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Hello! Do not be fooled by the "one" in this week's title. This is not a multi-part tutorial. Instead, it is an acknowledgment that I might return to this well at some point in the future, because the list of interview questions that are basically some version of "LOL JavaScript is weird!" is lengthy and robust.

So, let's acknowledge the truth first: JavaScript is weird. If we've learned anything from the new millenium, however, it's that being weird is totally fine. Our recent global celebration of weirdness means that movies about fringe superheroes can now make billions of dollars and people are now fleeing "normal" careers at historic rates to work on gigs programming AI subroutines for three-legged robotic dogs. Ain't nothing wrong with weird, is what I'm saying. But it's still important to understand JavaScript's weirdness so it doesn't bite you in the rear end … and so you can move on to the part of the interview where three near-identical bearded dudes quizz you on buzzwords that didn't exist ten weeks ago!

Take a look at this code:

(function() {
  let captainAmerica = blackWidow = 'Super Hero'
  console.log(captainAmerica); // Super Hero
  console.log(blackWidow); // Super Hero
})()

Straightforward, right? But what happens if we try to console log those two heroes outside of the IFFE they're in (which is supposed to restrict them to only working inside the braces – want a tutorial on IFFEs? Let me know!)?

console.log(blackWidow); // Super Hero ... oops!
console.log(captainAmerica); // breaks the script because it's undefined

You'll note I had to log blackWidow first, because if we did captainAmerica first, it'd break script execution and we'd never get to the second log. You'll also notice that blackWidow has escaped her IFFE and is available globally. I guess that's what happens when you try to detain the world's deadliest covert assassin.

Anyway, here's why: if you string multiple variables together the way we did in the first line of our function, JavaScript reads it differently than you'd expect. You would think it'd just be shorthand, like this:

// let captainAmerica = blackWidow = 'Super Hero';
let blackWidow = 'Super Hero';
let captainAmerica = blackWidow;

But, nah, that's not how JS works. Instead it interprets it like this:

blackWidow = 'Super Hero';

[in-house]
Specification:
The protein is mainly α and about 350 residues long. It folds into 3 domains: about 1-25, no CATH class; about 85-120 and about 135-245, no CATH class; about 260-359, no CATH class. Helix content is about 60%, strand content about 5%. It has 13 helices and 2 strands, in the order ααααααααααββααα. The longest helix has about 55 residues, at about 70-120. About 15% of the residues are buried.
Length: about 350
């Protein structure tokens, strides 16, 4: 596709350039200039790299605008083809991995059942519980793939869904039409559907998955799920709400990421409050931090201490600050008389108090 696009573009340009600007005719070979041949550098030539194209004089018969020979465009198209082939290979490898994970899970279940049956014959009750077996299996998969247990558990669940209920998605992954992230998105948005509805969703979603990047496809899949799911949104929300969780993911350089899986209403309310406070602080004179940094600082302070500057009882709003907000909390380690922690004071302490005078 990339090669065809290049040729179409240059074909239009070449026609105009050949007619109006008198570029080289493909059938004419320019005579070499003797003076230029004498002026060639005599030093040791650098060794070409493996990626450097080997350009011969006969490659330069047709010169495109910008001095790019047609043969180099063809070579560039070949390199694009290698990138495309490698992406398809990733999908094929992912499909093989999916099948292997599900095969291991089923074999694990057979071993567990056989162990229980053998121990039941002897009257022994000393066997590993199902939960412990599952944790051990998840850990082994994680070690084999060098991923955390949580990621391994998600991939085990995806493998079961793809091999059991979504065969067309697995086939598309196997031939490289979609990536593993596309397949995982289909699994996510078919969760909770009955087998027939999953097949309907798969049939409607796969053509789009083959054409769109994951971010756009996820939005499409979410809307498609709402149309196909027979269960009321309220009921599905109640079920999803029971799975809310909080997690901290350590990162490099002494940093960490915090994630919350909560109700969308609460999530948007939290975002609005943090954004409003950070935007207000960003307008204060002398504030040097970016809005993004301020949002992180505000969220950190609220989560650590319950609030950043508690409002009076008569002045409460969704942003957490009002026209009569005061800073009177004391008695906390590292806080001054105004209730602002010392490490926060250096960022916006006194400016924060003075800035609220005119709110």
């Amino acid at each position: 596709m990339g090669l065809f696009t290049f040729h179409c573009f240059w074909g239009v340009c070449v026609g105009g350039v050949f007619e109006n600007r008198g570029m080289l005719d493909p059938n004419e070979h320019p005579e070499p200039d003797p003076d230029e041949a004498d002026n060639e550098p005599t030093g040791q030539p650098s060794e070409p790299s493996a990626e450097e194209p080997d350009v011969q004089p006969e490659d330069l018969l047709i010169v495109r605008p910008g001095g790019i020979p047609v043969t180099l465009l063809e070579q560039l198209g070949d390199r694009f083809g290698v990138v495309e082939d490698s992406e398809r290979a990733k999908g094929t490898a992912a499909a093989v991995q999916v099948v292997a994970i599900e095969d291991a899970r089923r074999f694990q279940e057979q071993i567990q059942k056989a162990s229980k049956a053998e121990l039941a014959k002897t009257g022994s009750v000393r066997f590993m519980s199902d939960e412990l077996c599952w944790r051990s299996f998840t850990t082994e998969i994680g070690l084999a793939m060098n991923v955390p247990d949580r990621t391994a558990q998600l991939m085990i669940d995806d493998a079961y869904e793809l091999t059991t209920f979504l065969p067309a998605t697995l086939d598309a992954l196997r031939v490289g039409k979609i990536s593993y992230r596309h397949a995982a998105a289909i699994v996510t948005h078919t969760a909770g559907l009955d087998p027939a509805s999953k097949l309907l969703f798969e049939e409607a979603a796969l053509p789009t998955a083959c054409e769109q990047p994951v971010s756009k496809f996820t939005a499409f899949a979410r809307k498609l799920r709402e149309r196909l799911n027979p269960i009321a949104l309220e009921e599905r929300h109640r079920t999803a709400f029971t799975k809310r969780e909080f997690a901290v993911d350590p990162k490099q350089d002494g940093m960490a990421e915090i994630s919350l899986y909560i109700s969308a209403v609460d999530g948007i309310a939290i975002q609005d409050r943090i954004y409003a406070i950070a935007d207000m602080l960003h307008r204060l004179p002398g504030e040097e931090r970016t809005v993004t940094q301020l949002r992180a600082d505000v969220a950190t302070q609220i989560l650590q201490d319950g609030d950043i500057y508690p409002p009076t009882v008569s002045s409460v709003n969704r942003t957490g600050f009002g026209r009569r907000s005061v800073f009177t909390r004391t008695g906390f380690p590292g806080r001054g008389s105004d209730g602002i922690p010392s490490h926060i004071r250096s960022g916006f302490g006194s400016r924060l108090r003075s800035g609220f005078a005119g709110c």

let captainAmerica = blackWidow;

Notice that there's no let (or var or const) in front of blackWidow. Instead of crashing and burning, which is what we'd actually want if we wrote out that code manually, JavaScript instead stupidly tries—like a Rhode Island driver slamming to a halt and wildly gesticulating for you to turn left in front of them even though they have the right of way—to be helpful. It goes "well, they didn't use any kind of declaration, so let's just attach this variable at the global level!" … and that's why Black Widow manages to escape her prison while poor Captain America's stuck behind bars.

How do you avoid dealing with this? You've got two options. The first is simple: don't string variables together like that. The second is the better option: run your code in strict mode so that you get a runtime error when you try to do stuff like this, allowing you to fix the issue before it becomes a problem later on in your code.

That was fun. Want to do another? Let's take a look at array concatenation. We'll start with three arrays:

let avengers = ['Black Widow', 'Captain America', 'Hawkeye', 'Hulk', 'Iron Man', 'Thor'];
const moreAvengers = ['Falcon', 'Scarlet Witch', 'Spider-Man', 'Vision'];
const pseudoAvengers = ['Black Panther', 'Dr. Strange', 'War Machine', 'White Wolf'];

I … probably forgot some possible inclusions in these lists. There are a lot of Avengers! Anyway, let's assemble our Avengers into a single team. What's the output going to be if we do this?

avengers.push(moreAvengers, pseudoAvengers);
console.log(avengers);

If you guessed "our original array of six strings with two subarrays tacked onto the end" and not "an array of fourteen strings like we actually want" then congratulations, you've earned the right to go to an awkward team lunch full of inside jokes and references you don't yet understand before coming back to the office and continuing with your interview while fighting off the sleep-inducing effects of that giant burger with extra fries you definitely shouldn't have ordered, but did!

What's the easiest way to do things the right way? Well, with ES2015's spread operator, it's really quite simple. Here's how. Oh, note that if you leave the code above in, you'll need to rebuild your avengers array back to the original six strings, since we changed it by using .push. I'd recommend deleting the code above, since it is bad and does not do what we want it to do. Here's the proper solution:

const avengersAssembled = [...avengers, ...moreAvengers, ...pseudoAvengers];
console.log(avengersAssembled); // there we go!

Simple, easy, and modern. Everyone loves the spread operator! At least assuming they understand it. Not yet familiar? Worry not! Instead, visit JS Quick Hits 8 for a complete tutorial.

That's it for this week. I'm ahead on tutorial writing right now (woo!) so I'm not sure what's coming next week. Do you have suggestions for anything you'd like to see a couple of weeks from now? Drop me a line and let me know.

As always, you can download example files for each of these tutorials from the JS Quick Hits github repo.

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